Category Archives: In the Media

Beach Nourishment is Only a Band-Aid–Not a Solution

The following editorial originally ran in The Southampton Press, Western edition, Page A10 of Thursday, July 10, 2014. 

“Within the next 15 years, higher sea levels combined with storm surge will likely increase the average annual cost of coastal storms along the Eastern Seaboard and the Gulf of Mexico by $2 billion to $3.5 billion. Adding in potential changes in hurricane activity, the likely increase in average annual losses grows to up to $7.3 billion, bringing the total annual price tag for hurricanes and other coastal storms to $35 billion.”

These projections come from a new report commissioned by the Risky Business Project, co-chaired by Henry Paulson, Michael Bloomberg and others.

According to the executive summary of the report, The Economic Risks of Climate Change in the United States: “if we continue on our current path, by 2050 between $66 billion and $106 billion worth of existing coastal property will likely be below sea level nationwide.” The Northeast and Southeast regions are likely to experience the lion’s share.

As project co-chair and former U.S. Secretary of the Treasury Henry Paulson reasons, “to plan for climate change, we must plan for volatility and disruption.”

Currently, the Village of Quogue has no such plan. Instead, we have been historically reactive to coastal events and rely on an outdated coastal management framework that, aside from a few amendments, has largely gone untouched since the late 1990s. Our current generic environmental impact statement—a document upon which many erosion control and development permitting decisions are based—was written nearly 20 years ago. Continue reading Beach Nourishment is Only a Band-Aid–Not a Solution

Grossman Summarizes Dr. Young’s Presentation in Quogue

For those who missed CCQ’s August 17th presentation by Dr. Robert Young, we encourage you to read a brief reaction and summary of the event, Time to Take Heed, authored by Karl Grossman and published by The Southampton Press. Mr. Grossman is an award-winning journalist who has dedicated much time and ink to covering the history and current state of the East End’s beaches.

The CCQ is pleased that Mr. Grossman’s interpretation of Dr. Young’s message is consistent with ours: that the best and most cost-effective intervention to save both private property and our beaches is to relocate structures, whenever it is possible to do so.

Dr. Young stressed that the implementation of hard structures to control erosion (such as revetments, groins, seawalls, jetties and so-called “semi-hard” structures, like geo-tubes)  create considerable damage to the beach. It was surprising to learn that these negative effects have been formally acknowledged by the Army Corps of Engineers, although the Corps continues to incorporate the use of many hard structures in its reformulation of the Fire Island to Montauk Point plan—a topic Mr. Grossman has covered extensively as recently as July, and stretching back far before Superstorm Sandy.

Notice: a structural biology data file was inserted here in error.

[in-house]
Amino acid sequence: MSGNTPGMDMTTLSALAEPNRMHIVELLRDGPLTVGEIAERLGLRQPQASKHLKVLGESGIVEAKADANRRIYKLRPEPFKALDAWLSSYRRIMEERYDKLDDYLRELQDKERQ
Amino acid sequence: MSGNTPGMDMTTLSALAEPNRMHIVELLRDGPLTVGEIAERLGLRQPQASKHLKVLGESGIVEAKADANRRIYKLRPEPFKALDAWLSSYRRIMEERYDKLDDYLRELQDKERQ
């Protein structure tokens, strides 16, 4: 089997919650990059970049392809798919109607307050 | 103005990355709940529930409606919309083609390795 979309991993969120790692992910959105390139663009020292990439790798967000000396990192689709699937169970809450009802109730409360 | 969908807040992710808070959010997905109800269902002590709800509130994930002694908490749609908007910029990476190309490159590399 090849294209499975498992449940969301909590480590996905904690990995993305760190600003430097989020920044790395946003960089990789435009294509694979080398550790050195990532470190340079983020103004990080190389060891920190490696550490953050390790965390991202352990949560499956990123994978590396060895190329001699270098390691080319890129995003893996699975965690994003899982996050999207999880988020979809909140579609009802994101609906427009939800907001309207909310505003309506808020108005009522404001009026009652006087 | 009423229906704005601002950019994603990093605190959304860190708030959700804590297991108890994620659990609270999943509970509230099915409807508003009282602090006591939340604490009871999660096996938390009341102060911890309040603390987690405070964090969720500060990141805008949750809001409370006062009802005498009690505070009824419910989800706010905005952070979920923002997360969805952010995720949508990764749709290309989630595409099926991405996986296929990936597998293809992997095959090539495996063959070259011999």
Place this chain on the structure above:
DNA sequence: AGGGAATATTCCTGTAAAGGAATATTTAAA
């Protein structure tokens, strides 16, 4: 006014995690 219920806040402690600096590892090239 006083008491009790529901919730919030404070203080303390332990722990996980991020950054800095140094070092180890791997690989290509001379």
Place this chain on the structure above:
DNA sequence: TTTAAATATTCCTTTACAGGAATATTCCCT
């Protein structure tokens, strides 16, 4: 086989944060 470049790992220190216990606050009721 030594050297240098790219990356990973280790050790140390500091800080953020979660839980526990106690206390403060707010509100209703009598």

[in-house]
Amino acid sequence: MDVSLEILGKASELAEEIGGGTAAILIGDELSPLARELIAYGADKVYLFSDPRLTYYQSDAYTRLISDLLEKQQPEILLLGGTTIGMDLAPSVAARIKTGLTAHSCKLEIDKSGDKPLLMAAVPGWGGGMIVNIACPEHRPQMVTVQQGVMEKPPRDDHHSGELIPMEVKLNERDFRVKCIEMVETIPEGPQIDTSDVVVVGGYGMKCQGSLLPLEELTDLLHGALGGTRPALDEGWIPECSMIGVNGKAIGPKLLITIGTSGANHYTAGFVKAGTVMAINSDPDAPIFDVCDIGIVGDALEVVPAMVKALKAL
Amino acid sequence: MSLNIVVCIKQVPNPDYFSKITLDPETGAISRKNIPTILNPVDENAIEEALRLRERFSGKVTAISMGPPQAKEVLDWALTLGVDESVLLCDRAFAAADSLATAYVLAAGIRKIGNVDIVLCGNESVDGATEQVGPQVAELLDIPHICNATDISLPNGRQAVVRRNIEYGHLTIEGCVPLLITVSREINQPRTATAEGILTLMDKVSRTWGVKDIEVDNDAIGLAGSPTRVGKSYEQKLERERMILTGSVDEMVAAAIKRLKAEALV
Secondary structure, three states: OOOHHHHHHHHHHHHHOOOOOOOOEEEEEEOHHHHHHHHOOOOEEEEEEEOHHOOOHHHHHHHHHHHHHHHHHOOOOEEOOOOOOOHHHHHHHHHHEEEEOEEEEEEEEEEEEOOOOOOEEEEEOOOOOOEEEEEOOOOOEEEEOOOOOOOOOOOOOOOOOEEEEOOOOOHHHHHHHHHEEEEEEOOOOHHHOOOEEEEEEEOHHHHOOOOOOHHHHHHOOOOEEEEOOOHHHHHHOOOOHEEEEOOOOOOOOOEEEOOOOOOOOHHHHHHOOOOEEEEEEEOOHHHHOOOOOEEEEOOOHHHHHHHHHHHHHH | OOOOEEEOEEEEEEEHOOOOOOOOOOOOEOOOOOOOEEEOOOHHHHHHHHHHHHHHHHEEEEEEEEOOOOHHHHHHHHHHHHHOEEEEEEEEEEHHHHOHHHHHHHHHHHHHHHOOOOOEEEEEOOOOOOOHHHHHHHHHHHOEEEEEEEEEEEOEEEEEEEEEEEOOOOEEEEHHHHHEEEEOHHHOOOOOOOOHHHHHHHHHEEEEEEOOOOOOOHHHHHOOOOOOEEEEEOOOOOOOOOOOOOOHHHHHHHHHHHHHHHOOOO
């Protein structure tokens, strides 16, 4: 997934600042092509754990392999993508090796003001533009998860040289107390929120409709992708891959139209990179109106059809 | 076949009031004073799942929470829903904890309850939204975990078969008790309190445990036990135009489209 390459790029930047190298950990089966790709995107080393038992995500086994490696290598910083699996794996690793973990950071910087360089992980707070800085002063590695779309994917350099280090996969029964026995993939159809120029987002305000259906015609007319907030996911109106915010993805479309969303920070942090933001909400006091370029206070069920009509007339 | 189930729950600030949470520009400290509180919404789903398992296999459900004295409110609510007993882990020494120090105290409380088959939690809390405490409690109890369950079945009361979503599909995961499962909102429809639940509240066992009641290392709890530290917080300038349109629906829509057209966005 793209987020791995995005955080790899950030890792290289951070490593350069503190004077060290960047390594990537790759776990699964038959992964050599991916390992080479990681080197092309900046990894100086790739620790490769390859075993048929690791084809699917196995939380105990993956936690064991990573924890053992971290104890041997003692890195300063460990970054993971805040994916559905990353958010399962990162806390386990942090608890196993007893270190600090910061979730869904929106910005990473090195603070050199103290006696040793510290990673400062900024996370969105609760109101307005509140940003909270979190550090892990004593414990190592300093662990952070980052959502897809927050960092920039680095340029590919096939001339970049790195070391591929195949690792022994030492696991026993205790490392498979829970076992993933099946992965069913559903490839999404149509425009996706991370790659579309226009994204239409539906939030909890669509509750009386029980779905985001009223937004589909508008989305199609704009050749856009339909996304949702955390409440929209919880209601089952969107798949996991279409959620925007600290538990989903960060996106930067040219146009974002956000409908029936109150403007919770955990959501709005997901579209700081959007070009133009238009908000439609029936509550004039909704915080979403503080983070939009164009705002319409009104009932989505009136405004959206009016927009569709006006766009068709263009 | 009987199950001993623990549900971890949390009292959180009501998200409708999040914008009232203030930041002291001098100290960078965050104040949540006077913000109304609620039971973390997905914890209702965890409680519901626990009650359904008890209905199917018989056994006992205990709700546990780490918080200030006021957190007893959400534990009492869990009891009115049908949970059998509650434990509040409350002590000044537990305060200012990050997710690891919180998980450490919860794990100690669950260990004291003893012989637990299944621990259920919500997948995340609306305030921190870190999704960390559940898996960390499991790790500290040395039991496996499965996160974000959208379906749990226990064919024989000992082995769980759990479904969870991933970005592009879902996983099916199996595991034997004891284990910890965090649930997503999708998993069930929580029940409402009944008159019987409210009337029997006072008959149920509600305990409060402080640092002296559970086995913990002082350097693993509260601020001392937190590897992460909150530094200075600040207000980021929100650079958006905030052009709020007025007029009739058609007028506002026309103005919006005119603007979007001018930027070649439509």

To read the full article, please click here. (Many thanks to The Press News Group for consenting to our use and reproduction of the article.)

CCQ’s August 17th Presentation Was a Big Success

We are pleased to report that last Saturday’s “Alternatives For Protecting Our Dunes and Beaches” presentation at the Quogue Community Theater was a tremendous success. The Concerned Citizens of Quogue would like to thank the over 120 Quogue residents and attendees from across the East End who joined us, despite the occasion falling on a spectacular August afternoon. For those who were not able to attend, we look forward to sharing our mission with you as we go forward.

Our guest speaker, Dr. Robert S. Young, provided a most impressive, informative and thought provoking session that stressed the importance of implementing a coastal management program in anticipation of continued rising seas, coastal erosion, and changing shorelines.  He showed us examples of bad shoreline protection practices and their unfortunate results, and discussed pros and cons to methods that are being used today on the eastern shorelines of the U.S., including New Jersey and Long Island.

Dr. Young also brought to our attention some phenomenal resources that are created, maintained and made publicly available through the Program for the Study of Developed Shorelines, the joint Western Carolina University and Duke University program which he directs. Among these is the only full repository of beach nourishment project data in the country. (For a primer on beach nourishment, please visit this link.)

If you would like to read additional post-event coverage of the presentation, please access The Southampton Press’ article “Quogue Residents Discuss Strategies for Protecting Beaches” via